There’s More to Walking the Talk Than Walking the Talk

It’s been a few decades now since we first heard that managers needed to “walk the talk”. The basic idea was that anyone could talk-the-walk – tell you what you should do  - but it was an entirely different thing to actually do it – to walk-the-talk – to set the example.

Examples are fine as far as they go. You should make a special effort to practice what you preach; but it doesn’t end there.

You see, the thing is that just because you act in a particular way or exhibit certain behaviours doesn’t mean that others will follow your example. Instead, they will do what works for them.

Back in the 1980s and ‘90s, companies were suddenly confronted with a generation of employees that were willing to forgo promotions in order to spend more time with their families. They went home at five and left unfinished work on their desks. And when suggestions were made that there might be a meeting on Saturday that they were expected to attend, they politely informed everyone else that they wouldn’t be there; that instead they would be attending an event that their kids were in.

We’ve forgotten those days.

It’s not that these people work any less hard than you do. Far from it. It’s simply that their priorities are different from yours, and that’s why there’s more to walking the talk than walking the talk.

Managers have gotten into the habit of believing that if they make their message easy to understand – that is that employees have grasped what it is that they want – that that alone will be enough to garner everyone’s support for whatever it is that they want to do. And the truth is that it won’t do anything of the kind.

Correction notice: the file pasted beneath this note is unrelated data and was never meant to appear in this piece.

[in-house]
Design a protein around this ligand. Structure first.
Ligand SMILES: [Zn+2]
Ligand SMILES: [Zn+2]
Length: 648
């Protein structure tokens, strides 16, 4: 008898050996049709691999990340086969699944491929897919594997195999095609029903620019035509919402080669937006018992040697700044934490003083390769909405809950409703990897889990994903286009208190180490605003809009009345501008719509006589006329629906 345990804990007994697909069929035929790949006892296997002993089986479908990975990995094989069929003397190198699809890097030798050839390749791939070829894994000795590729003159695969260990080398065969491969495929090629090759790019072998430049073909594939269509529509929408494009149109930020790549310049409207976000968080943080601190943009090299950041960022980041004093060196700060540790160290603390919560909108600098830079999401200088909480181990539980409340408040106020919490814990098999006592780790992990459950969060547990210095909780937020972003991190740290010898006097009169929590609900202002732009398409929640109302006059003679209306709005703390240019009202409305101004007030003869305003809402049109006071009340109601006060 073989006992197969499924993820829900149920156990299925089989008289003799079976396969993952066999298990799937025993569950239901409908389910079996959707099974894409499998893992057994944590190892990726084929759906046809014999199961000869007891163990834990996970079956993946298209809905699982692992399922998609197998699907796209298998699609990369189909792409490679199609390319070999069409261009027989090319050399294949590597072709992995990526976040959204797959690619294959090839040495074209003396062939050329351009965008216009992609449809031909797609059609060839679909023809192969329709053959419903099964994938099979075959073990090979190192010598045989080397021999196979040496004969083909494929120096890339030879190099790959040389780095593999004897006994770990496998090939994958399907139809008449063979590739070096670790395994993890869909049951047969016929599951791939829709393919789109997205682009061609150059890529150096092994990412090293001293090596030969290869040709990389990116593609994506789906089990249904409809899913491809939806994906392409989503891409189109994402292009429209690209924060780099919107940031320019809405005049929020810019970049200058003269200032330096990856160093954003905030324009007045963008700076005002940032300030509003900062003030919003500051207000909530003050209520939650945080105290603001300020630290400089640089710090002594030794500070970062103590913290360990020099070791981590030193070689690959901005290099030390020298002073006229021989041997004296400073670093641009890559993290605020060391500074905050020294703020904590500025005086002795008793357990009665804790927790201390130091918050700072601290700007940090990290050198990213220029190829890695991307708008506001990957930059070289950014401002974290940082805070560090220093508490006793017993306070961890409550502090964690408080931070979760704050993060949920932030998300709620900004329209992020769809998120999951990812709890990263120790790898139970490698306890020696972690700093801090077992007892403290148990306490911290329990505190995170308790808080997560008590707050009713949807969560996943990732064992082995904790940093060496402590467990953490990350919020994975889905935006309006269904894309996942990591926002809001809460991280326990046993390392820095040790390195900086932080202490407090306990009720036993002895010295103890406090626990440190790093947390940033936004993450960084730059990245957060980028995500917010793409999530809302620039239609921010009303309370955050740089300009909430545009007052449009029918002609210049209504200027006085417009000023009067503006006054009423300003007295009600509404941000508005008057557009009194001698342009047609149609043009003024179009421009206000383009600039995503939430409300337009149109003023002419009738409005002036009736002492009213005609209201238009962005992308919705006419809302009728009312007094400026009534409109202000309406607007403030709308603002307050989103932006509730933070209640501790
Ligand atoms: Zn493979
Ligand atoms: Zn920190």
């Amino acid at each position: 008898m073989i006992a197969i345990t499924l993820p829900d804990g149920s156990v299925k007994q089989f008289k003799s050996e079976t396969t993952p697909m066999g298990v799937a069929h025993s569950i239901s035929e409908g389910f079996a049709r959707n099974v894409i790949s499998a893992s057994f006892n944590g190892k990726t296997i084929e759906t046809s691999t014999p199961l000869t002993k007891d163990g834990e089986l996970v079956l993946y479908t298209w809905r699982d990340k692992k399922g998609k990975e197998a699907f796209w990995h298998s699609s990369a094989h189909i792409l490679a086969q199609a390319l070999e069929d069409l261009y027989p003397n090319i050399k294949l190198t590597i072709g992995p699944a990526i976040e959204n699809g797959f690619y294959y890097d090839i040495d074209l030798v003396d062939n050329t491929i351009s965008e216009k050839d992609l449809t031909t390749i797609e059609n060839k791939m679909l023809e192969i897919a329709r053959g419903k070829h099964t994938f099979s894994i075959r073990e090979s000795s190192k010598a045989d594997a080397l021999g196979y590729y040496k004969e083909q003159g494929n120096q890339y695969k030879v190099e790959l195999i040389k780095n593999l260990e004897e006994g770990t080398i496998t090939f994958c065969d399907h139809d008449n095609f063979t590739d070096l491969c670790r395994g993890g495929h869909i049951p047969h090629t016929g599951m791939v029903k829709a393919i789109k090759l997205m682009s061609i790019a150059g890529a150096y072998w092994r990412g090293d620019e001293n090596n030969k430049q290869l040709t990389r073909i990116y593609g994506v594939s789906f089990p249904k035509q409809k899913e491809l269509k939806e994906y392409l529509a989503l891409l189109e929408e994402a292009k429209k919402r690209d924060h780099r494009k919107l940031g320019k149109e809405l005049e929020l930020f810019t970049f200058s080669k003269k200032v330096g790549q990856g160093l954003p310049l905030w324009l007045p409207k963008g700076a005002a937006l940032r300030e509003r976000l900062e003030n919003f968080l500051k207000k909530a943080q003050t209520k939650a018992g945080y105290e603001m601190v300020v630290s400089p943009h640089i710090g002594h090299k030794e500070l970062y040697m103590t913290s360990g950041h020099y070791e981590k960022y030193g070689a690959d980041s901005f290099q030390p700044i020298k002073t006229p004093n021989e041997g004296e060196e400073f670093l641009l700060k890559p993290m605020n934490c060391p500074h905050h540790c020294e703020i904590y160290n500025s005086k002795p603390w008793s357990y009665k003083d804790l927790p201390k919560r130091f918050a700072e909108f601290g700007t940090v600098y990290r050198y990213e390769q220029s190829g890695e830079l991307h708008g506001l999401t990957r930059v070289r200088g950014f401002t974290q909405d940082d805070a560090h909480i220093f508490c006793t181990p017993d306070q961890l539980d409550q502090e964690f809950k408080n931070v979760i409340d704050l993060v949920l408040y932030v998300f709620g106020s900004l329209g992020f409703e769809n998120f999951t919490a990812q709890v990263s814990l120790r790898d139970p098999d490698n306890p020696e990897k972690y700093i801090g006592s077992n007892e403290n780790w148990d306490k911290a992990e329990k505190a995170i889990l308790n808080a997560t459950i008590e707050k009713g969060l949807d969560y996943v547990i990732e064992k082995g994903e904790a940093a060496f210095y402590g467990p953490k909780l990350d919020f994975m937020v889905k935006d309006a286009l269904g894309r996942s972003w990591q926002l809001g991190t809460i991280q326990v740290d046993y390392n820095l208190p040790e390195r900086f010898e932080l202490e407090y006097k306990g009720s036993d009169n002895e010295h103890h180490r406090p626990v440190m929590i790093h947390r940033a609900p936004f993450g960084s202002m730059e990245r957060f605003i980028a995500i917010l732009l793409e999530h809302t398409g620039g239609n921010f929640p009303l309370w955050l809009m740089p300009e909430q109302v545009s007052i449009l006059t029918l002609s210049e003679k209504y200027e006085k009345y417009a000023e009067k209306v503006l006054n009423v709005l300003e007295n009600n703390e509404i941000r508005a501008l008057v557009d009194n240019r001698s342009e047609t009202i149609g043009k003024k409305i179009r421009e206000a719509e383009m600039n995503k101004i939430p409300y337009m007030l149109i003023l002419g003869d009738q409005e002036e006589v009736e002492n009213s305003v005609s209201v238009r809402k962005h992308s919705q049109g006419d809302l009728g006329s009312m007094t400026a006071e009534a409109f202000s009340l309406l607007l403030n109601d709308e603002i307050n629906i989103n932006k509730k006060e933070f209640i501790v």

People have to share your commitment, too; otherwise, they’ll carry on as before.

 

Years ago, William F Buckley, Jr was a guest on the Dick Cavett Show in the United States. At one point in the discussion, Cavett suggested that Buckley must respect his opinion. Buckley corrected him by saying that he respected Cavett’s right to have one.

Big difference, and the same thing holds true here. People may understand your message and recognise your commitment, but if they don’t share it, then you are pretty much on your own.

Think, for example, of your typical organisational change programme. Did you know that well over half of them fail?

Why is that?

It’s because for one reason or another the people who have been asked to change have decided not to. Plain and simple.